Showing posts with label lace wars. Show all posts
Showing posts with label lace wars. Show all posts

Saturday, 7 July 2018


Peter and I played DBA on Thursday. He brought his Dark Ages stuff, including some Vikings, and thought that it might be interesting to try them against the knight-based Carolingians. This was inspired by the fact that our blade vs knight Medieval Swiss/German games had always been entertaining.

We really should have foreseen the results. Since the Vikings are generally not going to be fighting on their home-turf, they got to fight on a billiard table.

Knights vs blades on a billiard table? That means dead blades.

A charge by the knights and the Vikings ended up losing three elements.

A surprising rally saw a couple of lucky ties, which destroyed two Carolingian elements, including the general. But the remaining Carolingians polished off another Viking for the win.

We swapped sides. The Vikings died like sheep. No Carolingians were harmed in the making of this second game.

Kids! Don't do Viking vs Carolingian DBA!

Caesar and Gary played old-school WRG AWI, supervised by Ian.

This is Caesar's brief report:

"Thanks to Ian for hosting another entertaining American War of Independence battle last week using AWRG rules. Congratulations to Gary for out manoeuvring my rebels in the wilderness. I over estimated the capacity of my irregulars to hold the flank against elite redcoats in the woods and lost the guns to a heroic cavalry charge up the centre, as fast thoroughbreds and Tarleton helmets proved more than a match for 3 pounders. Washington will not be impressed!"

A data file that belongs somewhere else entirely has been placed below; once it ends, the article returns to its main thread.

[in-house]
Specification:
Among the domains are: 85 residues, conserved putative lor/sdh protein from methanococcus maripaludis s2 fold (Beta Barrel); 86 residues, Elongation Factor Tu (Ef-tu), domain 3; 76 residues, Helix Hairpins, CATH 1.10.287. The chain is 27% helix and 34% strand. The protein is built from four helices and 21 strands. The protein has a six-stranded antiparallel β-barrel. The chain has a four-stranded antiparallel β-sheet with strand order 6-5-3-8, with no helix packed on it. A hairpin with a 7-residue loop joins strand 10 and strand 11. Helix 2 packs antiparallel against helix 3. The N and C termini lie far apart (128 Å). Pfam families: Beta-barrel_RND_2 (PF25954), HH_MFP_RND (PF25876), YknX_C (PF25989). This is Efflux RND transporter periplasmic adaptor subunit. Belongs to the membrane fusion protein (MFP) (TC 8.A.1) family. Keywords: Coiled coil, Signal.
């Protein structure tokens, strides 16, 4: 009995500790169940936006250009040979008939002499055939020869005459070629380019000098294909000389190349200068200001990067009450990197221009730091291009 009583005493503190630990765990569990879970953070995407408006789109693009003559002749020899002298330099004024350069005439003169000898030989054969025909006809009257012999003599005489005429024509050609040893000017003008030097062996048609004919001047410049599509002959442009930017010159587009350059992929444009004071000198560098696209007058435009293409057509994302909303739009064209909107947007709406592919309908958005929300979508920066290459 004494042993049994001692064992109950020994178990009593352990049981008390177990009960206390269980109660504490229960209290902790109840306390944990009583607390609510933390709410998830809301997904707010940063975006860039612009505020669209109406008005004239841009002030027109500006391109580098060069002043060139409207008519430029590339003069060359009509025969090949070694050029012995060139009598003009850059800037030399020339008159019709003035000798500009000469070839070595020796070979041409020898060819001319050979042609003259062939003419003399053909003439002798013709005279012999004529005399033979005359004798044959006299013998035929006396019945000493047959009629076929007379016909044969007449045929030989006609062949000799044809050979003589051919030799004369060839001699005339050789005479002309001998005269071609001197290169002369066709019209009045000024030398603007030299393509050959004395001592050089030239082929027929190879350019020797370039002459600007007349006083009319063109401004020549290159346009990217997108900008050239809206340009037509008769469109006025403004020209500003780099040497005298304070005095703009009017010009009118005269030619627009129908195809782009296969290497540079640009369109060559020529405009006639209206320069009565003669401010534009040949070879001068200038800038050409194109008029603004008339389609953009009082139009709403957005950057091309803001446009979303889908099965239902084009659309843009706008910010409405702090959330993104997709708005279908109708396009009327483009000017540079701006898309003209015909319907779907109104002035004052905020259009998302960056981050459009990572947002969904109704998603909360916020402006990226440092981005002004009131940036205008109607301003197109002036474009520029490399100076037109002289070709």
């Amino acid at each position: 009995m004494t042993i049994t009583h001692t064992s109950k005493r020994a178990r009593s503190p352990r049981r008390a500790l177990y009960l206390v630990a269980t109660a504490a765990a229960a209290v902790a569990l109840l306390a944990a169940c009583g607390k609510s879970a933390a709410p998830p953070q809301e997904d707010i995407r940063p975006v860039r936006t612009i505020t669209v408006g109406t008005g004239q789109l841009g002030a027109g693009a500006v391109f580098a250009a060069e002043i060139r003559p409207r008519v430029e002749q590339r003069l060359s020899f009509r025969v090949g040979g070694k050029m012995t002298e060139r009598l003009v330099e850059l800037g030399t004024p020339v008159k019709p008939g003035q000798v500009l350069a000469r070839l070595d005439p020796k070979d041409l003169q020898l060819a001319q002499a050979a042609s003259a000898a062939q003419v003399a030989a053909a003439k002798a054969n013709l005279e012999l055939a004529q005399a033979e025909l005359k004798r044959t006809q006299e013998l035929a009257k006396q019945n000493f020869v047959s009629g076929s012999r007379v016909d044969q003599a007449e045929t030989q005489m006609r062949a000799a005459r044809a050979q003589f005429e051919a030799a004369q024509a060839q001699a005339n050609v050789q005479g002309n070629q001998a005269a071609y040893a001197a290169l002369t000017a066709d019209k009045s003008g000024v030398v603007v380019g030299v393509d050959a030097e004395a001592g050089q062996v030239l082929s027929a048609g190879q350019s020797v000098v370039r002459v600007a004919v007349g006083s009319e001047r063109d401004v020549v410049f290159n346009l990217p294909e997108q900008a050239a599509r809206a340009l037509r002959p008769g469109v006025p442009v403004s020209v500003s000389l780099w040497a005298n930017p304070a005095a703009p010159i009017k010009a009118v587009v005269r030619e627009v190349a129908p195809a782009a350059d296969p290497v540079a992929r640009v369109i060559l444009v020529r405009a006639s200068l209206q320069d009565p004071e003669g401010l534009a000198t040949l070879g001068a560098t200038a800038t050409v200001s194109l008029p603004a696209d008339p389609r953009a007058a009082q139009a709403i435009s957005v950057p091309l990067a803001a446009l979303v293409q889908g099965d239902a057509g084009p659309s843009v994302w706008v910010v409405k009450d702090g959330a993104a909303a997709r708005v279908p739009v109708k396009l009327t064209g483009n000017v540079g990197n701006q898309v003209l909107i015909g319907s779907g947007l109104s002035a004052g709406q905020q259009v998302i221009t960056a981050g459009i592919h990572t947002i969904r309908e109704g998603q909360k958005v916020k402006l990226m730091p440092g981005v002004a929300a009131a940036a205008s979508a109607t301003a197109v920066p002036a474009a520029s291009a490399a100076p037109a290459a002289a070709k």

Friday, 15 June 2018

Maurice Campaign - Round 2

JohnP and I finally managed to get together an play our outstanding Maurice campaign game last night. It was a cobbled together affair; John doesn't own an army, but uses figures borrowed from Caesar. Caesar couldn't make it, so dropped off the figures at my place during the afternoon. Neither of us own a deck of cards, so Peter provided those. And I have a fast turnaround on a Thursday evening these days, and am prone to forgetting things. Which, in this case, meant my army list and my phone. I managed to reconstruct my list (and the casualties from the previous game) from memory, and John obligingly took a few photos on his phone.

Still, on with the game.

The war didn't end after the first round, something both I (The Electorate of Haapasaard-Skando) and John (The Irish mercenaries of Cearbhall's Cataphracts) had hoped for. Both of our armies had mauled each other badly in their first encounter, and consisted mostly of conscript troops. The old enemies faced each other the plains of En y Bold, with the Irish defending this time.